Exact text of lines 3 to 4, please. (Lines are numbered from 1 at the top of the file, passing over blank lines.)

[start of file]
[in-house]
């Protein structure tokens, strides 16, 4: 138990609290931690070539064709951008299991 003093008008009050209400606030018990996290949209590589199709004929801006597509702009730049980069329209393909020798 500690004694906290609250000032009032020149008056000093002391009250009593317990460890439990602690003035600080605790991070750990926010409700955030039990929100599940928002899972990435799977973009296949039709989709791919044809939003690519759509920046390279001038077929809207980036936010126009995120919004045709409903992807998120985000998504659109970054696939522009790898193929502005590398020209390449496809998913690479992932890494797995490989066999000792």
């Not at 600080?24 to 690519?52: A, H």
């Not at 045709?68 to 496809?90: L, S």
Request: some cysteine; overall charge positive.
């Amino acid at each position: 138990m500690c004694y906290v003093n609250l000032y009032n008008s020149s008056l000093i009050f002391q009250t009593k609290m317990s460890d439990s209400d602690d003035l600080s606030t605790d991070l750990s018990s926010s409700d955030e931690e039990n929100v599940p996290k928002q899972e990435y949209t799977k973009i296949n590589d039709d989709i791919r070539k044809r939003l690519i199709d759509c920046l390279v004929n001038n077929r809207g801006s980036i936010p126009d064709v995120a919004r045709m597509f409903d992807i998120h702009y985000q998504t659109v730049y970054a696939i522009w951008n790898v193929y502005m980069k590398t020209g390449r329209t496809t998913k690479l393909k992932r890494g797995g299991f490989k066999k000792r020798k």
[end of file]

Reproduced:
């Not at 600080?24 to 690519?52: A, H």
């Not at 045709?68 to 496809?90: L, S």